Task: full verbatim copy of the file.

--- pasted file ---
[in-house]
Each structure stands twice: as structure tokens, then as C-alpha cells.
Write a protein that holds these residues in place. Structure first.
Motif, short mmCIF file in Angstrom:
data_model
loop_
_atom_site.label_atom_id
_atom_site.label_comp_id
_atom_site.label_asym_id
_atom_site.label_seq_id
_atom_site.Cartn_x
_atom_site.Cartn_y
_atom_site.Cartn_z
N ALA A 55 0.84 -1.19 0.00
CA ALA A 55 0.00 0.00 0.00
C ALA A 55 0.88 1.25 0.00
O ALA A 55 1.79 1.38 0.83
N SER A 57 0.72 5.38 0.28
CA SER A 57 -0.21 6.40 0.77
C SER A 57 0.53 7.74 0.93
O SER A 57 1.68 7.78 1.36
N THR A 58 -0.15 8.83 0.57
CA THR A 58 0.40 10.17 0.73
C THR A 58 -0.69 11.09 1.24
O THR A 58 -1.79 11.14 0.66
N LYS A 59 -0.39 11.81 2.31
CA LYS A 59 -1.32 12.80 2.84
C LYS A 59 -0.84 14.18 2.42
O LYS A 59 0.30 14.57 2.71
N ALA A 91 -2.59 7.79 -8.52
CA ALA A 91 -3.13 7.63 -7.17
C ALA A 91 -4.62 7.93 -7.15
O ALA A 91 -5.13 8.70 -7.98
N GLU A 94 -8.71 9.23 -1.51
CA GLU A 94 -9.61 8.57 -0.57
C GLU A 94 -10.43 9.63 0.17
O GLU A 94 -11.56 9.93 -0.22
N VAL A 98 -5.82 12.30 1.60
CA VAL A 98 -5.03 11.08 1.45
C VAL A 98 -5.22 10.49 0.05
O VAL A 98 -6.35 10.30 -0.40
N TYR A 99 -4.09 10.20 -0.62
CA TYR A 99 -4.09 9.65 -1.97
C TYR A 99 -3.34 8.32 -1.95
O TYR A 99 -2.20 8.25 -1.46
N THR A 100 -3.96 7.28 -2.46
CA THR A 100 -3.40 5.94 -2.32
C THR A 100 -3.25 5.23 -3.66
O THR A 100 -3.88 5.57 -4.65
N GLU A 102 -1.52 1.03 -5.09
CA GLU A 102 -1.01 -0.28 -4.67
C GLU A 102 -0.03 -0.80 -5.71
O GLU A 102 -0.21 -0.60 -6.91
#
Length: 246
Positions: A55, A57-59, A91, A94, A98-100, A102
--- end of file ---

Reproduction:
[in-house]
Each structure stands twice: as structure tokens, then as C-alpha cells.
Write a protein that holds these residues in place. Structure first.
Motif, short mmCIF file in Angstrom:
data_model
loop_
_atom_site.label_atom_id
_atom_site.label_comp_id
_atom_site.label_asym_id
_atom_site.label_seq_id
_atom_site.Cartn_x
_atom_site.Cartn_y
_atom_site.Cartn_z
N ALA A 55 0.84 -1.19 0.00
CA ALA A 55 0.00 0.00 0.00
C ALA A 55 0.88 1.25 0.00
O ALA A 55 1.79 1.38 0.83
N SER A 57 0.72 5.38 0.28
CA SER A 57 -0.21 6.40 0.77
C SER A 57 0.53 7.74 0.93
O SER A 57 1.68 7.78 1.36
N THR A 58 -0.15 8.83 0.57
CA THR A 58 0.40 10.17 0.73
C THR A 58 -0.69 11.09 1.24
O THR A 58 -1.79 11.14 0.66
N LYS A 59 -0.39 11.81 2.31
CA LYS A 59 -1.32 12.80 2.84
C LYS A 59 -0.84 14.18 2.42
O LYS A 59 0.30 14.57 2.71
N ALA A 91 -2.59 7.79 -8.52
CA ALA A 91 -3.13 7.63 -7.17
C ALA A 91 -4.62 7.93 -7.15
O ALA A 91 -5.13 8.70 -7.98
N GLU A 94 -8.71 9.23 -1.51
CA GLU A 94 -9.61 8.57 -0.57
C GLU A 94 -10.43 9.63 0.17
O GLU A 94 -11.56 9.93 -0.22
N VAL A 98 -5.82 12.30 1.60
CA VAL A 98 -5.03 11.08 1.45
C VAL A 98 -5.22 10.49 0.05
O VAL A 98 -6.35 10.30 -0.40
N TYR A 99 -4.09 10.20 -0.62
CA TYR A 99 -4.09 9.65 -1.97
C TYR A 99 -3.34 8.32 -1.95
O TYR A 99 -2.20 8.25 -1.46
N THR A 100 -3.96 7.28 -2.46
CA THR A 100 -3.40 5.94 -2.32
C THR A 100 -3.25 5.23 -3.66
O THR A 100 -3.88 5.57 -4.65
N GLU A 102 -1.52 1.03 -5.09
CA GLU A 102 -1.01 -0.28 -4.67
C GLU A 102 -0.03 -0.80 -5.71
O GLU A 102 -0.21 -0.60 -6.91
#
Length: 246
Positions: A55, A57-59, A91, A94, A98-100, A102